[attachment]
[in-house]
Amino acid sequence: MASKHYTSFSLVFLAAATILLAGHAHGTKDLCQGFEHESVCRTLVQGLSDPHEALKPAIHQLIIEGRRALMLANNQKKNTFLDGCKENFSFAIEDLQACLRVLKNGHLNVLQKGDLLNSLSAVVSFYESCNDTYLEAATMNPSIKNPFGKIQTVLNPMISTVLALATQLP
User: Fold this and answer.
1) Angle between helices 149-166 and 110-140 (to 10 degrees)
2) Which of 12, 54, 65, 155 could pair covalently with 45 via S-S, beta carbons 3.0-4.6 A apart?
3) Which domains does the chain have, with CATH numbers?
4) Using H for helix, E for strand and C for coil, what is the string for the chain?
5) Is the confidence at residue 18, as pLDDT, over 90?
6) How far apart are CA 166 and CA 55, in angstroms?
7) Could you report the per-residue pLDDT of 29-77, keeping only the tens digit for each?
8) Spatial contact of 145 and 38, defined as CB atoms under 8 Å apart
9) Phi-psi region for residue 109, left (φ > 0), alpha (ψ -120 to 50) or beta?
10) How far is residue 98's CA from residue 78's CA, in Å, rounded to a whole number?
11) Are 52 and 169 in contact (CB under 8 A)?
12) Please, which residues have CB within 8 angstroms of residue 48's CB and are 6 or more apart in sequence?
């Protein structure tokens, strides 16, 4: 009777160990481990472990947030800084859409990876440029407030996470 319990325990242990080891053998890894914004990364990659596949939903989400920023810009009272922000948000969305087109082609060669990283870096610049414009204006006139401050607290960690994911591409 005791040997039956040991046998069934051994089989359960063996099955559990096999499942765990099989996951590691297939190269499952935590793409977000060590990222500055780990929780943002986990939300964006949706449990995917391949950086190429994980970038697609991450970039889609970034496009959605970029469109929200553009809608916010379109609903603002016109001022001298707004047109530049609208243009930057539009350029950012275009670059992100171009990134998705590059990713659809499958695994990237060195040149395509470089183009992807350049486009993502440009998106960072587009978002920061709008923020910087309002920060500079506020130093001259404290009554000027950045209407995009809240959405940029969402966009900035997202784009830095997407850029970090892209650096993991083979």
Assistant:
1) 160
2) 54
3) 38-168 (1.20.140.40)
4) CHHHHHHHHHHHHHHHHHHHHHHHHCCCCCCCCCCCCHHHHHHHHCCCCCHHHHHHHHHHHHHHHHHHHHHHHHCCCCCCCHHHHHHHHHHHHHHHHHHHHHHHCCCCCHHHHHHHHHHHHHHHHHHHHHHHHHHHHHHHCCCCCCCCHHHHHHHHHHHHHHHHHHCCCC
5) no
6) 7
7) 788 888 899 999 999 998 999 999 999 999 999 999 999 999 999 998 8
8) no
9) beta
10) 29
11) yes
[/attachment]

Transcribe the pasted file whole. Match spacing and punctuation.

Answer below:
[in-house]
Amino acid sequence: MASKHYTSFSLVFLAAATILLAGHAHGTKDLCQGFEHESVCRTLVQGLSDPHEALKPAIHQLIIEGRRALMLANNQKKNTFLDGCKENFSFAIEDLQACLRVLKNGHLNVLQKGDLLNSLSAVVSFYESCNDTYLEAATMNPSIKNPFGKIQTVLNPMISTVLALATQLP
User: Fold this and answer.
1) Angle between helices 149-166 and 110-140 (to 10 degrees)
2) Which of 12, 54, 65, 155 could pair covalently with 45 via S-S, beta carbons 3.0-4.6 A apart?
3) Which domains does the chain have, with CATH numbers?
4) Using H for helix, E for strand and C for coil, what is the string for the chain?
5) Is the confidence at residue 18, as pLDDT, over 90?
6) How far apart are CA 166 and CA 55, in angstroms?
7) Could you report the per-residue pLDDT of 29-77, keeping only the tens digit for each?
8) Spatial contact of 145 and 38, defined as CB atoms under 8 Å apart
9) Phi-psi region for residue 109, left (φ > 0), alpha (ψ -120 to 50) or beta?
10) How far is residue 98's CA from residue 78's CA, in Å, rounded to a whole number?
11) Are 52 and 169 in contact (CB under 8 A)?
12) Please, which residues have CB within 8 angstroms of residue 48's CB and are 6 or more apart in sequence?
């Protein structure tokens, strides 16, 4: 009777160990481990472990947030800084859409990876440029407030996470 319990325990242990080891053998890894914004990364990659596949939903989400920023810009009272922000948000969305087109082609060669990283870096610049414009204006006139401050607290960690994911591409 005791040997039956040991046998069934051994089989359960063996099955559990096999499942765990099989996951590691297939190269499952935590793409977000060590990222500055780990929780943002986990939300964006949706449990995917391949950086190429994980970038697609991450970039889609970034496009959605970029469109929200553009809608916010379109609903603002016109001022001298707004047109530049609208243009930057539009350029950012275009670059992100171009990134998705590059990713659809499958695994990237060195040149395509470089183009992807350049486009993502440009998106960072587009978002920061709008923020910087309002920060500079506020130093001259404290009554000027950045209407995009809240959405940029969402966009900035997202784009830095997407850029970090892209650096993991083979």
Assistant:
1) 160
2) 54
3) 38-168 (1.20.140.40)
4) CHHHHHHHHHHHHHHHHHHHHHHHHCCCCCCCCCCCCHHHHHHHHCCCCCHHHHHHHHHHHHHHHHHHHHHHHHCCCCCCCHHHHHHHHHHHHHHHHHHHHHHHCCCCCHHHHHHHHHHHHHHHHHHHHHHHHHHHHHHHCCCCCCCCHHHHHHHHHHHHHHHHHHCCCC
5) no
6) 7
7) 788 888 899 999 999 998 999 999 999 999 999 999 999 999 999 998 8
8) no
9) beta
10) 29
11) yes